Kathy Connell, producer of the Screen Actors Guild Awards, shares her strategies for ensuring a successful awards show.
Kathy Connell believes in teamwork. So much so that when she was tapped to produce the first-ever Screen Actors Guild Awards in 1995, she pushed for an award that would honor the entire cast of a movie or TV show. The Outstanding Performance by an Ensemble (TV) and Outstanding Performance by a Cast (film) awards are now among the production’s defining honors. “They represent what the union is about and what actors are about,” Connell says. “Very rarely do you get anybody who is acting alone; it is a team effort.”
Connell also considers teamwork to be one of the most important aspects of her own job as executive producer of the SAG Awards, with the 20th production taking place Jan. 18 at Los Angeles’ Shrine Auditorium. Putting on such a high-profile show requires a close-knit group that can work together for the long hours the event requires. “You really have to feel like you’re a team,” she says. “Nobody gets hired onto our team who hasn’t been met in a group session by some of our other team members, to make sure they’re going to fit.”
The daughter of actor and former Screen Actors Guild board member John Connell, Kathy Connell was sitting on SAG’s board of directors herself when the idea for an awards show first came up. She was asked to chair a committee of five board members who decided what awards would be given out and who would be eligible, as well as outlined the show’s lighthearted, sit-down-dinner atmosphere. A former actress herself now planning a show that celebrates actors, Connell wanted the SAG Awards to be as much fun for the guests of honor as possible.
“We think of our show as throwing an actors’ party in the actors’ house,” she says. “They get to sit together at tables with food and drink in front of them, wonderful champagne, great wine, great food, and they get to celebrate each other, and they have fun doing it. That’s what we spend a whole year on.”
Most of the year, Connell works with a staff of four, but that increases as the show’s January ceremony approaches. The production staff will reach 50 people in the weeks before setup begins at the Shrine, where about 1,000 people--from red carpet and gala tent setup to caterers and rental firms--will round out the team.
But even as things get hectic leading up to the 2014 SAG Awards, Connell says she is “already working on show 21." I think about things a year or two in advance,” she explains. And Connell’s tight-knit team has the same forward-thinking approach as she does. “Nobody here has a 9-to-5 attitude,” she says. “There are times when I’m walking out the door going, ‘Are any of you going to leave?’ I’m trying to throw them out because they’re all going, ‘I’ve got one more thing to do!’”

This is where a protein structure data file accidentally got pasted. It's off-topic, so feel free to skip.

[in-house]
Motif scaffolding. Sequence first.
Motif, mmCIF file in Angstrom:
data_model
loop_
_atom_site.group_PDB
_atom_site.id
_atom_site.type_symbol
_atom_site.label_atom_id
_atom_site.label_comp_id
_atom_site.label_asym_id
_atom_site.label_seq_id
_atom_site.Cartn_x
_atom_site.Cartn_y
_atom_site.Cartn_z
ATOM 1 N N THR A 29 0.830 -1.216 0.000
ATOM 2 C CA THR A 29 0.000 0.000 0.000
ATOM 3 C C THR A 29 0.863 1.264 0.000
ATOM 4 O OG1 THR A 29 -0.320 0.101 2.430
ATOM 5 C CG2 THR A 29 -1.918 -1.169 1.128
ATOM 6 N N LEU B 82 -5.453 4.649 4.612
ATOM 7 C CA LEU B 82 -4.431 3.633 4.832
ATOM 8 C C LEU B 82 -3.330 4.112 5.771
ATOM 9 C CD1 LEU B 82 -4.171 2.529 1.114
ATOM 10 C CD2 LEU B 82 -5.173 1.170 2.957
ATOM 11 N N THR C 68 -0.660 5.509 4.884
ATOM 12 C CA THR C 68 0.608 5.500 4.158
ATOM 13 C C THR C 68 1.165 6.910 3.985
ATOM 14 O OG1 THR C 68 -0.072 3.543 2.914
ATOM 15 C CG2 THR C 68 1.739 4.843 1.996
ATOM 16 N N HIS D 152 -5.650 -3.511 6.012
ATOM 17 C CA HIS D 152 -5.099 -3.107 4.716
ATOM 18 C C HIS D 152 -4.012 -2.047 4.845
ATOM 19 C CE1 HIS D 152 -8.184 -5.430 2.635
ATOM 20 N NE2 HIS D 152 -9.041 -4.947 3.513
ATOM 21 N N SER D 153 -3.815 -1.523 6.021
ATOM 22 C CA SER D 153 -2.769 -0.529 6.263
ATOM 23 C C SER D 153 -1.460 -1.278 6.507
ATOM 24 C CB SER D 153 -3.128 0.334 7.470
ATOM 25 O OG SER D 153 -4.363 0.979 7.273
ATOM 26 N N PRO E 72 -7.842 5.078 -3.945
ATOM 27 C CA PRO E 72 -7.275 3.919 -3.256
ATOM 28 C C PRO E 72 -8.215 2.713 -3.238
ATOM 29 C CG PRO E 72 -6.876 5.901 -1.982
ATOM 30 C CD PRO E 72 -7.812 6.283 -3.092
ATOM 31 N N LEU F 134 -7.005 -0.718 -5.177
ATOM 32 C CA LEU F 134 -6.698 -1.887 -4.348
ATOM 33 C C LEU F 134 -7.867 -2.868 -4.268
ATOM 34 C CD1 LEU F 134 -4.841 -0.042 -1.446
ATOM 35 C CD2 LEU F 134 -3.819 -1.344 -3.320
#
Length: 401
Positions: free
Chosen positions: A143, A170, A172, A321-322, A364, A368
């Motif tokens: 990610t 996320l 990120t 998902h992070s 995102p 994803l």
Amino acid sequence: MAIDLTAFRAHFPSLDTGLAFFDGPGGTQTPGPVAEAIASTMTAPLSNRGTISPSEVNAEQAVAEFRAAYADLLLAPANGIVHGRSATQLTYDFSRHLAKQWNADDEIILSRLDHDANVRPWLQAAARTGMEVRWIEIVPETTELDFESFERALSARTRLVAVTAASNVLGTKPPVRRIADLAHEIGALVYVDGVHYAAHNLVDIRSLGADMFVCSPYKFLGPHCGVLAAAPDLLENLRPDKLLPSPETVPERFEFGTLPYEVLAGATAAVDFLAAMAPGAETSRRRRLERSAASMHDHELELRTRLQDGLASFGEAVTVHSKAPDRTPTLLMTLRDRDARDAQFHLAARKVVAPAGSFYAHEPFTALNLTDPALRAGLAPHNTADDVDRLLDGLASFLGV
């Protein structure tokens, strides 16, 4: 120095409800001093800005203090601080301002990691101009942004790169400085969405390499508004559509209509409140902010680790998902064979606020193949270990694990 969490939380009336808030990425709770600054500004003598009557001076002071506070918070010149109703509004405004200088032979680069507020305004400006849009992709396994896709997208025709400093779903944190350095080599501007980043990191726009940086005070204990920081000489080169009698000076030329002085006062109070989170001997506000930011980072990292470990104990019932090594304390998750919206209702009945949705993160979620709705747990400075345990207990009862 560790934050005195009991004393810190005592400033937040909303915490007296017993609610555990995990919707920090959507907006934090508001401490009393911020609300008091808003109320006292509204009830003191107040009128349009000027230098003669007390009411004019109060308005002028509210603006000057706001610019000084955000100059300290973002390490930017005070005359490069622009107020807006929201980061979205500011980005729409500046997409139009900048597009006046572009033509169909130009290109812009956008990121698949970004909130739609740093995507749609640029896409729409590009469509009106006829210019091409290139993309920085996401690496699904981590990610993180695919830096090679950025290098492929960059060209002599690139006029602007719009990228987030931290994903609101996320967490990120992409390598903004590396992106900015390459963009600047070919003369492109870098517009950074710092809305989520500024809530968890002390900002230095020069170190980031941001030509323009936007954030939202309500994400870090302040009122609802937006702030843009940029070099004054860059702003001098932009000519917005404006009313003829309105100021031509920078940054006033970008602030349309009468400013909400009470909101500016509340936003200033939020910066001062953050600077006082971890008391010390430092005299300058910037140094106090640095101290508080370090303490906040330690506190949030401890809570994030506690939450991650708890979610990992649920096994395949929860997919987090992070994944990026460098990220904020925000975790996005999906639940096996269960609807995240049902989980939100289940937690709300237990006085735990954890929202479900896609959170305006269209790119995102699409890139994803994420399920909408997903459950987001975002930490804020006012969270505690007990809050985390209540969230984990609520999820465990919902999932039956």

A few years into managing the SAG Awards, Connell quit acting to be its full-time producer, and was just named co-executive producer. While she says she still loves acting, her current role lets her represent the union she cares about while also highlighting the best acting performances of the year—with an "outstanding ensemble" of her own.
“I am the luckiest woman on the planet. I get to do a job I just love,” she says. “If you’re smart, you surround yourself by the people who are the best at what they do, and then you’re as lucky as I am.”
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“Last year, I can’t say it was a better show than the other shows, but it was such an interesting show for me. I think it had to do with the fact there was so many wonderful television shows and so many wonderful films last year, and nobody really had a clue who was going to win. The actors hit that red carpet so excited. I was sitting backstage about two minutes before the show started and the volume in my show room was so loud because people were just having such a good time. I sat back going, ‘Wow, this is going to be fun!’”
“We now have a social media manager and so we are definitely in the social media world. When we are talking to presenters, we certainly talk to them about what they are currently doing on social media so we can all work in conjunction with each other. Social media is a big aspect, and we will be incorporating more of that on our red carpet this year.”
“Something’s going to go wrong. Nobody starts the morning off wanting it to go wrong. Somebody will have made a mistake, including me, and the fastest way to fix it is for everybody to come in and feel like they can go, ‘Guess what just happened?’ and knowing that nobody’s going to spend more than five seconds on ‘How did this happen?’ We’re more focused on, ‘How do we fix it?’ You’ve got to have a sense of humor about it, and you’ve got to put things in perspective.”